On the rest of Inside Out
Midlands Dialect
Southern voices
Geordie dialect
North West accents
West Country accents
Cockney accent


On the rest of the web
The British Library
English Accents and Dialects

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Readers' Comments

We are not adding any new comments to this page but you can still read some of the comments previously submitted by readers.

Revd. Canon George Rayner
Is see the word "ackle" used as "it won't ackle" was a normal boyhood saying in the Island for "it won't work" and Islanders always refer to the hands of a clock as "spears". I find people look at me when I use the word "somewhen" meaning "at some time in the future". There is an excellent 19th century Dictionary of I.W. dialect, probably now out of print. Leaves from the hedge, which we used to eat en route were always "bread and cheese"; they never killed us! I know the word "grockels" is used by some to refer to tourists, but folk from the mainland were always "overners". Equally, as a child, I never heard Islanders referred to as "Corkheads", usually, "Isle of Wighters".

Sharon Ensor
My nan in Portsmouth used expressions like: cockstiddling over -to fall over, oh garn on wiv yer - for stop it or never mind. I also want to add that it wasnt just the words but exclaimed 'oh, gawd love my onions!' 'hells bells'. or 'give me bucket of sand and i'll sing you the desert song' -when asked to do to much.

Valerie J Taylor
How about the word "pitching" a Dorset word for laying snow. In the 1950's, my brother and I would watch the snow falling in anticipation. We hoped the snow would "pitch" and would therfore be deep enough so the bus couldn't get through to the local village to take us to school!

Patricia Park
I live in Parkstone,Dorset and we use the word 'Grockle' for holiday makers or visitors in general. We also use 'Upon hill' to say we are going to the shops situated on Ashley Rd, Parkstone. So in the summer you can hardly move upon hill for the grockles.

Stuart Allen
My mother who lived in the Aylesbury area of Bucks all her life always referred to snails as "oddy-doddys" and pied wagtails were known as "dishwashers"

Anthony Allison
My grandmother often used a word that you don't hear much anymore, spreeth. If you were to wash your face and not dry properly before going out in the wind you would 'spreeth' making your skin sore. Of course I'm not sure about the spelling of the word as it was only used verbally. I'd love to know if anyone else out there has heard of this one?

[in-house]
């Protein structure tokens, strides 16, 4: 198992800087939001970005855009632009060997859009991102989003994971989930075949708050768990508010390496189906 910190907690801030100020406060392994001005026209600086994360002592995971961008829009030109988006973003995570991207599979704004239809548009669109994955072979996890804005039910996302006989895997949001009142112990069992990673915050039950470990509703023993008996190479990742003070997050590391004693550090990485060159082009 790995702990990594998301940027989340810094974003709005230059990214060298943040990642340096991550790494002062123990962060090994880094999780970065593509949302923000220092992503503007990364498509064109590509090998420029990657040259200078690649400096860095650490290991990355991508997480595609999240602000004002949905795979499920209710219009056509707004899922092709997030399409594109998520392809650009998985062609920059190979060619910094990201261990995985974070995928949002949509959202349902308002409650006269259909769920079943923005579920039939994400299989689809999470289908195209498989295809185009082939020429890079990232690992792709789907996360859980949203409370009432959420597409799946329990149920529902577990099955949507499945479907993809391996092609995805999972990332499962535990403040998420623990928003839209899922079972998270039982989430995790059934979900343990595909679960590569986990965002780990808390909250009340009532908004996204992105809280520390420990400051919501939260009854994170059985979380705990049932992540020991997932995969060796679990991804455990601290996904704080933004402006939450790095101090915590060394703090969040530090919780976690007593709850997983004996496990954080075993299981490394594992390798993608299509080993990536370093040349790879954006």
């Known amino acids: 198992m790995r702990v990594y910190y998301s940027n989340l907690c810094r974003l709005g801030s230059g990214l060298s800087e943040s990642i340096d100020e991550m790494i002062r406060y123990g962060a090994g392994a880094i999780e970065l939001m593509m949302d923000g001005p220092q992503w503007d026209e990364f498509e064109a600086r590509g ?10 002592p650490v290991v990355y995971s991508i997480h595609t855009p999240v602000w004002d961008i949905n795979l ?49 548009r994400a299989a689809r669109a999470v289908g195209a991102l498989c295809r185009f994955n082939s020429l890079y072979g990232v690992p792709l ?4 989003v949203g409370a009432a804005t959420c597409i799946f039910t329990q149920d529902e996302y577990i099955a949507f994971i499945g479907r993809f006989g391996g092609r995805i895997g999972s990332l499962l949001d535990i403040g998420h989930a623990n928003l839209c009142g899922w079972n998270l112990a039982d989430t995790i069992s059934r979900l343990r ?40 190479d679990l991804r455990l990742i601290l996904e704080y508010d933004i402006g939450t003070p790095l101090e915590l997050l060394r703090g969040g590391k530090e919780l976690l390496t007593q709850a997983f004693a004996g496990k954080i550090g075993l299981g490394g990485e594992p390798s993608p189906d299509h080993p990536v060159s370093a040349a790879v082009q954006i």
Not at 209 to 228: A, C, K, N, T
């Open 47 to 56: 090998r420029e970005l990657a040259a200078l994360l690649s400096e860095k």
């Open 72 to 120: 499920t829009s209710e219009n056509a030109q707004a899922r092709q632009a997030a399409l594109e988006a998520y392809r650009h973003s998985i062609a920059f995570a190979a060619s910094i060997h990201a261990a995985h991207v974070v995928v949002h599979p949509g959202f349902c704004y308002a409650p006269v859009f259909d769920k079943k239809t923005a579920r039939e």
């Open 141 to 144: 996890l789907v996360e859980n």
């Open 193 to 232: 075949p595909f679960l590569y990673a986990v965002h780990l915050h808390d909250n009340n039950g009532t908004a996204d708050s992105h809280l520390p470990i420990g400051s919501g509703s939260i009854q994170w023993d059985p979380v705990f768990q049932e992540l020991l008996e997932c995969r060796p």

Terry Eaton
I was born in Poole, Dorset, and many of my school-mates would use the expression "backalong" to refer to something that had occurred in the past. The question "Where is it?" often came out as "Where be to, then?"

Vivien Longmate
The program brought back very fond memories of my Dad, who moved around quite a lot as a lad, with his parents, and he used many of the words incuded on the show, as do the family now at times, as we were brought up with them. I have a better idea now just where he did live as a child, just by the words. Flittershitters will definately be used again in this part of Hampshire.

norris heppenstall
i lived in somerset in the 60s and remember that the somerset expression for "i am not" was baint,the word used for "are" was "be", as in where be e going,"e"being used for "you", also used in this context was the word "bist" as in "how bist e" meaning how are you,looking at the other comments this expression seems to common in other southern counties also.a lot of other sentence's were shortened as in "i cannot" becoming "casn't".

Anna Fisher
Until I left Hampshire to go to University I hadn't thought twice about using the work 'anywhen'. It wasn't until friends and lecturers alike pointed out this this isn't a word, and sure enough there is no 'anywhen' in the dictionary. Apparently this is a particularly Hampshire term for 'anytime'. But why can you say whenever but not anywhen?

Jack Griffiths
re TWITTEN - Further to the comment from Steve Pover in Southwick (Sussex) - there is a lengthy TWITTEN ROAD in Worthing and it can be traced for well over a mile from the town centre. In addition, there are Little Twittens all over this part of West Sussex - however the word is never spelt Twittern as you show it. but maybe it has lost the 'R' over the years. Note the West Sussex Gazette (Editor in Chichester) has over the years carried articles written in the Sussex dialect. Keep up the good work Chris!

Etta Hands
About 50 years ago in Shropshire (which I realise is not South) we children used to love this ditty: You munna say dunna it inna polite and you canna say wunna cos that inna right

Don Hickman
I agree with Tony Beere, You missed out zummet not perambulating your dialect feature over to the Wight.

Marion Williams
My parents came from Wales in the thirties to work in the Oxford car factory. We lived in an old part of Cowley where the residents were people who had grown up in Cowley when it was still a village and not part of Oxford. Our elderly neighbour, a keen gardener with several allotments, would invariably give advice. One was when to start digging the ground for vegetables, etc. You didn't dig when the soil was still "too oxy" - suffering from the effects of frost and ice.